Baking Basics: The Importance of Weighing Ingredients When Baking
Alternate title: Why You Should Always, Always Weigh Your Ingredients When Baking.
One of the most important things that I learned when I first started to gain my footing in the kitchen was the value of a kitchen scale. The ability to weigh ingredients and get precise measurements is incredibly valuable when baking, which comes down to a lot of science and chemical reactions. It was almost seven years ago now when I first got on my soapbox about why I prefer weighing ingredients. Since then, I’ve included weight conversions in a number of recipes, but given the sheer volume of comments and emails I’ve received about ingredient weights, I thought it would be a good idea to revisit the topic here.
The most common misconception that I hear in emails and comments with regards to weighing is the overarching belief that 8 ounces = 1 cup… forever and ever, amen. No matter what. For all ingredients. Always.
This is simply not true.
For liquid ingredients like water and milk, yes, this is true. Butter and sour cream are anomalies of solid ingredients and they, too, weigh 8 ounces per cup. This is about where that line of thinking ends.
All other solid ingredients (and even ones you can pour like honey and molasses), have vastly different weights per 1 cup of volume.
Common Weight Measurements
Take, for example, the following weights for 1 cup of some of the most common ingredients in your pantry:
Butter: 8 ounces
Cheese: 4 ounces
Chocolate Chips: 6 ounces
Honey: 12 ounces
Maple Syrup: 11 ounces
Molasses: 12 ounces
Peanut Butter: 9½ ounces
Sugar (Granulated): 7 ounces
Sugar (Powdered): 4 ounces
As you can see, if you tried to use the conversion of 8 ounces per 1 cup for every single ingredient, you would likely end up with some disasters in your kitchen. For a complete, comprehensive list, check out (and bookmark!) this Ingredient Weight Chart by King Arthur Flour. This is my go-to source for converting ingredients to weight measurements; the chart has measurements in both ounces and grams.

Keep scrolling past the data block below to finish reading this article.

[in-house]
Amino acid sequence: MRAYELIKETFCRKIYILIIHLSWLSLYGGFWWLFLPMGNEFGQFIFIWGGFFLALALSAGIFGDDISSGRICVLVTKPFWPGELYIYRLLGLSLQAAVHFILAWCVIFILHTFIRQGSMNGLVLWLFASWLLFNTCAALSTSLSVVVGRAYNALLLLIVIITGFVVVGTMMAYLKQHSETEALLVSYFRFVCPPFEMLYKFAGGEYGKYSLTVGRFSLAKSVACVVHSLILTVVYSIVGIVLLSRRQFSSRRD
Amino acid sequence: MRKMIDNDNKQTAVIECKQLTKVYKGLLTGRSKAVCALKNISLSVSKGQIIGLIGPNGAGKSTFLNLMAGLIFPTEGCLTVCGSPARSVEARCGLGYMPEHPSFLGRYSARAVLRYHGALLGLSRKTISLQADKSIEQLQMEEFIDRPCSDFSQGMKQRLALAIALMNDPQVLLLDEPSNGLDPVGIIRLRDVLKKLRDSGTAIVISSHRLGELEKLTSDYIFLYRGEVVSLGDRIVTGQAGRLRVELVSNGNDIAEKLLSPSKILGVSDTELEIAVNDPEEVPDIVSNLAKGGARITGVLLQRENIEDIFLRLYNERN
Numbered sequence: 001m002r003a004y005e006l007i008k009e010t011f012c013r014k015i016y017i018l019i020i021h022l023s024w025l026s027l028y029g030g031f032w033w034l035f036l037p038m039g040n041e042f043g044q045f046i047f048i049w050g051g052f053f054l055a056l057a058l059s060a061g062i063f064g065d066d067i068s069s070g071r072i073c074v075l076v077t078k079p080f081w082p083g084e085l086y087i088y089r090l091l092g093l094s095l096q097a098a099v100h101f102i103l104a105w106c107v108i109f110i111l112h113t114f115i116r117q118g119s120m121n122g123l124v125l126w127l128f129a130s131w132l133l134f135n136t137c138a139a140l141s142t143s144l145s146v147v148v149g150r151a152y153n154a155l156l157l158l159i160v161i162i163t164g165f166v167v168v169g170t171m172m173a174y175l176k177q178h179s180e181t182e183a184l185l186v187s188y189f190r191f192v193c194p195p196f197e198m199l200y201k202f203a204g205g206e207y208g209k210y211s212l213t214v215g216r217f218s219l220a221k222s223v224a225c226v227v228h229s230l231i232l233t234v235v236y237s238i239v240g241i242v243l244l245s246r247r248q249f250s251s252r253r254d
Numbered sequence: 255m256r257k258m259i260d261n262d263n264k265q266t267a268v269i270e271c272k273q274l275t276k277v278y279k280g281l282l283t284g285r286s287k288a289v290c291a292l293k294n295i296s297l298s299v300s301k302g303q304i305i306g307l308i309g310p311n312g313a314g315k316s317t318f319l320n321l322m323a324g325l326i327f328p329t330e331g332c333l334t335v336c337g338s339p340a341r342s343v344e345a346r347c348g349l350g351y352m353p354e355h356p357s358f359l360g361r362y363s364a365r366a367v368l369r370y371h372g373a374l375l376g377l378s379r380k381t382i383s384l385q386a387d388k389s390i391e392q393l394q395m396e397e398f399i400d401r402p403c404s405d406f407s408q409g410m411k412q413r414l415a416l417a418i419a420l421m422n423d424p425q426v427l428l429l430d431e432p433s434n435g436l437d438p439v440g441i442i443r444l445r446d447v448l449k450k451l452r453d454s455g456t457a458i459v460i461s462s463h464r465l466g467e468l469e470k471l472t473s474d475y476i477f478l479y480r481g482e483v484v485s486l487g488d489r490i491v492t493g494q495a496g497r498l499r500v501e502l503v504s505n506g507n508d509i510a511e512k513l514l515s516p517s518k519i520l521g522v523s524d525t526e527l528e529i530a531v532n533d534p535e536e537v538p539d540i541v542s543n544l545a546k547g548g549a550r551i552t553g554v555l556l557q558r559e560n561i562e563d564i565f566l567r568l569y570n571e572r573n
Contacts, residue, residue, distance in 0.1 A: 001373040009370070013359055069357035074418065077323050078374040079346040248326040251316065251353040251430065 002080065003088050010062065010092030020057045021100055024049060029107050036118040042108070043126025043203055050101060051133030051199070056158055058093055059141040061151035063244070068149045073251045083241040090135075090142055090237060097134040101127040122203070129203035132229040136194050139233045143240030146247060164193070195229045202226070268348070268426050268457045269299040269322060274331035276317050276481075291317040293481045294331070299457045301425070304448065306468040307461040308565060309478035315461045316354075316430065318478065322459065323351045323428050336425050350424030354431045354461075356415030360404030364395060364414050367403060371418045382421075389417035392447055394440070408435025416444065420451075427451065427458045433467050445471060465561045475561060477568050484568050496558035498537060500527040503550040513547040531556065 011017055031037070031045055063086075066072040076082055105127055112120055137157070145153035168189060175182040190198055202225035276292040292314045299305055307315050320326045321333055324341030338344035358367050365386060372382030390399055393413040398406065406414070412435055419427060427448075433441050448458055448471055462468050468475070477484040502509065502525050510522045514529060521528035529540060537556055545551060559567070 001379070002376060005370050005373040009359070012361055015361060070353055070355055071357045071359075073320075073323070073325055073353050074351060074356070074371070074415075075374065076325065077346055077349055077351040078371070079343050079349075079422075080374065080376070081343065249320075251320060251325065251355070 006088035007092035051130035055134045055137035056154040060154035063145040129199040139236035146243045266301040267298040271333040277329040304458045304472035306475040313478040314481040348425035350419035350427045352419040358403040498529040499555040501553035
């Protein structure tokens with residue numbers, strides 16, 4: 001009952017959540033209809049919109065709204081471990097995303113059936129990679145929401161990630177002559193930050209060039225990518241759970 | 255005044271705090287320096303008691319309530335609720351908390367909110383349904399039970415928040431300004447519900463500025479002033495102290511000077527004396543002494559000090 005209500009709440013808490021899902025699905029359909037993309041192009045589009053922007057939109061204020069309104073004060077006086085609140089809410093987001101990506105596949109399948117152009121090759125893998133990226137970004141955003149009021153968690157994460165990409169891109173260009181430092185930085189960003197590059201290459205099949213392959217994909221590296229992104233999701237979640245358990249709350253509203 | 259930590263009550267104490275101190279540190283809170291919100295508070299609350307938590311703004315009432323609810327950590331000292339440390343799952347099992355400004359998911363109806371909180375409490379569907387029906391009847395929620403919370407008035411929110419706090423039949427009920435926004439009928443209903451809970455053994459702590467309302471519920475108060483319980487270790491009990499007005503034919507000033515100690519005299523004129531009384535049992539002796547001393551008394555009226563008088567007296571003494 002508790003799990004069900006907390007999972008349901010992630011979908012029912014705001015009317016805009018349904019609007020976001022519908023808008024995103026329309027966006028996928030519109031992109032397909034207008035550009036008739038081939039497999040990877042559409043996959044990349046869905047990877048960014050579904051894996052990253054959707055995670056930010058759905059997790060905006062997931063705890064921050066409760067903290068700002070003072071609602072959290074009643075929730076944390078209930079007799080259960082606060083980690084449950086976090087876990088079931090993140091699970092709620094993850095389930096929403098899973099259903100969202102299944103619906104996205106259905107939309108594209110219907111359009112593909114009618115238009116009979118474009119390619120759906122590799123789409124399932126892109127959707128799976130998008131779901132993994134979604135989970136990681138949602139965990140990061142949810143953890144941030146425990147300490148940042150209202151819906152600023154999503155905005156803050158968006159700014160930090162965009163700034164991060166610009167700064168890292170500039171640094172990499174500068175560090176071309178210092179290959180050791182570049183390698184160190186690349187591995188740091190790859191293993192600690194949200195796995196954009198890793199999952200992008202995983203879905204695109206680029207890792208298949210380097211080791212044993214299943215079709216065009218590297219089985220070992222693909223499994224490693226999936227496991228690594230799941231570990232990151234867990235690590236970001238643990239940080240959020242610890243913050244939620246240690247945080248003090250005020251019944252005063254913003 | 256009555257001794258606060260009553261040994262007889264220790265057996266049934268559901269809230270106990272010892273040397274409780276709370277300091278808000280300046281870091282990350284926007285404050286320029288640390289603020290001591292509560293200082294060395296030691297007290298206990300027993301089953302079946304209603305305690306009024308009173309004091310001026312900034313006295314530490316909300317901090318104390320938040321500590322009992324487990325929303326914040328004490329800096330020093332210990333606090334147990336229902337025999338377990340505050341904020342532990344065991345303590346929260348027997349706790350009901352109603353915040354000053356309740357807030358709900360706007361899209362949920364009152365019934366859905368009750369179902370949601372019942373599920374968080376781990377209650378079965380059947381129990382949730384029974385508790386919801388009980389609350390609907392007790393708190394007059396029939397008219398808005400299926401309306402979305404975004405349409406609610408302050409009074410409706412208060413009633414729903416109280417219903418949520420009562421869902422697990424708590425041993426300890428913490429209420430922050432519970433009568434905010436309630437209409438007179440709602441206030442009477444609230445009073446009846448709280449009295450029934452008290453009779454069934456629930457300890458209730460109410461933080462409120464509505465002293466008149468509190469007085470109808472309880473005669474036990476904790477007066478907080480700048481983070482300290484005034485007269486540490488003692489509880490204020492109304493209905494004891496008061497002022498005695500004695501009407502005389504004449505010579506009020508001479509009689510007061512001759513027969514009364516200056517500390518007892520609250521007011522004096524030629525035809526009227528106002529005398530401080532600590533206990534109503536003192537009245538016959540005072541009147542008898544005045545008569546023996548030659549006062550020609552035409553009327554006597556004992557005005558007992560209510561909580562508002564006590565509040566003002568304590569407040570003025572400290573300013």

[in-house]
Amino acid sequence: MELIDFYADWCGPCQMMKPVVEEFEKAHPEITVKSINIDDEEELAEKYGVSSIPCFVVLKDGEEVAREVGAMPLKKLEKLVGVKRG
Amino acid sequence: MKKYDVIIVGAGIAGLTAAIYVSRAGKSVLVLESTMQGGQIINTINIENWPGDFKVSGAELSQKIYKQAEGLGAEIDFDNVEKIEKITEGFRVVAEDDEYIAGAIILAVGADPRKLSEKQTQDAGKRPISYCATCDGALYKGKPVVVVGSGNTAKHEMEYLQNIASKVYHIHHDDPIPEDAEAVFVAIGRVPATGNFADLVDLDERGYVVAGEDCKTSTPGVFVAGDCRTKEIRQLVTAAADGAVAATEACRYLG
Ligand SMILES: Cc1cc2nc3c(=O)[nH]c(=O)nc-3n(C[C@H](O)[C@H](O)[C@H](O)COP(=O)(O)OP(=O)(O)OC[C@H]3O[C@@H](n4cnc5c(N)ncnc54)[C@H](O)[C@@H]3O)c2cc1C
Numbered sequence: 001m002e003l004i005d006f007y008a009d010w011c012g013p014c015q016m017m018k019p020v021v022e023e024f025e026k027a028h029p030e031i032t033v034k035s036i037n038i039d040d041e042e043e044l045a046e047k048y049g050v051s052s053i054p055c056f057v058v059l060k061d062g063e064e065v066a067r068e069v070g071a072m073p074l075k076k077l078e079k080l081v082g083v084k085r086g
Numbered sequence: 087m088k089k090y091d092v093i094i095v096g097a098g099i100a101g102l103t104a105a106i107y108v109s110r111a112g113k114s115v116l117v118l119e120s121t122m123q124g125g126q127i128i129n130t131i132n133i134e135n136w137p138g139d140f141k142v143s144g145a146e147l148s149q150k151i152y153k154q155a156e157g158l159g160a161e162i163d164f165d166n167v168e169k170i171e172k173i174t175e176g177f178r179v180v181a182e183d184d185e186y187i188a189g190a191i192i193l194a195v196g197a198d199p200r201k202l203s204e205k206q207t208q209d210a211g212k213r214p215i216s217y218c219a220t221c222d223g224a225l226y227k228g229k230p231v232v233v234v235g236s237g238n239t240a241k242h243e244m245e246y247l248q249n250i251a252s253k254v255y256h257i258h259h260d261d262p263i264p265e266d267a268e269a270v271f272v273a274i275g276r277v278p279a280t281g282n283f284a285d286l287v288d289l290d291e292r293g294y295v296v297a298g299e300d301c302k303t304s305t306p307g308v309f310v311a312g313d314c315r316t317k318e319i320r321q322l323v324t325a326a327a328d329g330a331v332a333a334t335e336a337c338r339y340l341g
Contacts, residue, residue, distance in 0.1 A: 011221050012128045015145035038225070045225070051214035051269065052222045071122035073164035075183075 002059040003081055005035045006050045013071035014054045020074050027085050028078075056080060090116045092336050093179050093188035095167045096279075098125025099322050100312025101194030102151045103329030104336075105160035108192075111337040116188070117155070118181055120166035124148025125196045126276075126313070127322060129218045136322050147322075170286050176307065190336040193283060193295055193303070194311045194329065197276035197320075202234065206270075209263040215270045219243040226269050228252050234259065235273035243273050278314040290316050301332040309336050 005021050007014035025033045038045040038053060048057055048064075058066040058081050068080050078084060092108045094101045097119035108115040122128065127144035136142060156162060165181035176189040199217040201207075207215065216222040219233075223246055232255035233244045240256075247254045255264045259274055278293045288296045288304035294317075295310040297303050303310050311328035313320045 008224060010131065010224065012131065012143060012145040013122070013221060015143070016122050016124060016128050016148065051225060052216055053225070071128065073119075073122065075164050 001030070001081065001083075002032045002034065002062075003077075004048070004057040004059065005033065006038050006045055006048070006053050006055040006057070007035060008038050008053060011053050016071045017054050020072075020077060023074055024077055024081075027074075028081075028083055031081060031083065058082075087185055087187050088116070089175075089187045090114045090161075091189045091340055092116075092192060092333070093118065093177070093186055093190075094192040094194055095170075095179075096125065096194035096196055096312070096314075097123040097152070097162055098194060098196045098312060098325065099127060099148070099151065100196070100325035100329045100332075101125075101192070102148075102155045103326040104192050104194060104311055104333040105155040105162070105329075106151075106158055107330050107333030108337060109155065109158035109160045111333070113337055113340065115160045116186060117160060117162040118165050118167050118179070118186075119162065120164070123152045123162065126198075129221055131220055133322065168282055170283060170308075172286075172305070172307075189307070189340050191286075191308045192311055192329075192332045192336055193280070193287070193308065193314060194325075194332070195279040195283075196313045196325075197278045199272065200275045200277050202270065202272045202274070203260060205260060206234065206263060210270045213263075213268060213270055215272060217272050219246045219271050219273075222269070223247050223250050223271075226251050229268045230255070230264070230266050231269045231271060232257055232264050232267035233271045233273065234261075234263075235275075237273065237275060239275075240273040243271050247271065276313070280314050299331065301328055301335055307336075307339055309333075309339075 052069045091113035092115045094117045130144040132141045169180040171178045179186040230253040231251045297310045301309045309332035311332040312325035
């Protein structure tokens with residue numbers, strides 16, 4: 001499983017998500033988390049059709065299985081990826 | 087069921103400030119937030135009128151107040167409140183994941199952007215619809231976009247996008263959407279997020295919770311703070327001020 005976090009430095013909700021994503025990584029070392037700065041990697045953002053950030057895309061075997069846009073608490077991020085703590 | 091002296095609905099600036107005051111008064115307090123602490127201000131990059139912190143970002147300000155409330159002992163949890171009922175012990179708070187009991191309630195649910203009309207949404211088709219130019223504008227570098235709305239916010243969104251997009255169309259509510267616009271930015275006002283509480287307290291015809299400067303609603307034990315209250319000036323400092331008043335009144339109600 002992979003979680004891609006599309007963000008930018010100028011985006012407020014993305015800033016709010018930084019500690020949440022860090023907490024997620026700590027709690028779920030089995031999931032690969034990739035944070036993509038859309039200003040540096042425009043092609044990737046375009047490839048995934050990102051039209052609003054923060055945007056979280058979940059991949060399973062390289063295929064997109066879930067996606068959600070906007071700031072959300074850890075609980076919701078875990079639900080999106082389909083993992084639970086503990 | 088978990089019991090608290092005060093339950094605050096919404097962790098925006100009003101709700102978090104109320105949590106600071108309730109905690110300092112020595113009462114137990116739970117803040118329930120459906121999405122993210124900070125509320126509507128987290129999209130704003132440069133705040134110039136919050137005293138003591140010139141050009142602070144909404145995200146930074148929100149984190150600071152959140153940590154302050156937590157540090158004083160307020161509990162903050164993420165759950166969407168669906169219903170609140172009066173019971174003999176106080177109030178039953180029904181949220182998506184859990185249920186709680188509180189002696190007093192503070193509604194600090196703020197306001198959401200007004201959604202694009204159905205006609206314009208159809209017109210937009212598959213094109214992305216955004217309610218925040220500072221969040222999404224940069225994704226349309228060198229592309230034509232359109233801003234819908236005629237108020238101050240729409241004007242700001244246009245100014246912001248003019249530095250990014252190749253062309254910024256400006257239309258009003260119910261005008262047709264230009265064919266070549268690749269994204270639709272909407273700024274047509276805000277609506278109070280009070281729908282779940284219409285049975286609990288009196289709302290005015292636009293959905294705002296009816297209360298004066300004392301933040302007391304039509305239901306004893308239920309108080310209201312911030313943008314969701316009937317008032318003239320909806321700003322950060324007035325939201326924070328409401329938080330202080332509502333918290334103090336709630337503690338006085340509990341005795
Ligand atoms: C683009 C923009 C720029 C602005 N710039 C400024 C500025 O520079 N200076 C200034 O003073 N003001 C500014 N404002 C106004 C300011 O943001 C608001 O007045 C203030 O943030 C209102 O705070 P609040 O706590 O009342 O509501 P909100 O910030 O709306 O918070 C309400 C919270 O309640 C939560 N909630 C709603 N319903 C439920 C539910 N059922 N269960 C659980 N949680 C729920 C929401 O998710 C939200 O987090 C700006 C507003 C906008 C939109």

I should note that there is one major discrepancy I’ve found and that is in regards to flour. King Arthur Flour lists its all-purpose flour as being 4¼ ounces per 1 cup, Cook’s Illustrated and Rose Levy Beranbaum say 5 ounces per 1 cup, Peter Reinhart says 4½ ounces. Obviously, that’s a substantial difference! If the recipe you are following lists specific weights, always go by those! If there is not a weight listed, you can try measuring and weighing flour using a 1-cup measuring cup a few times and taking the average and use that.
My Scale Recommendation
I currently use the OXO Food Scale with Pull-Out Display, which has a 22-pound capacity. It measures in ounces and grams, as well as milliliters and cups.
I know that some people feel very strongly one way or the other about weighing your ingredients or using the traditional measuring cups. Sure, weighing seems more like science class when you could be using pretty measuring cups shaped like birds, but the truth is… it’s just more accurate (plus, there is a lot less to clean up!). If you crave consistent results with your baked goods, and especially if you venture into pastries or breads, you’ll want to get in the habit of weighing ingredients.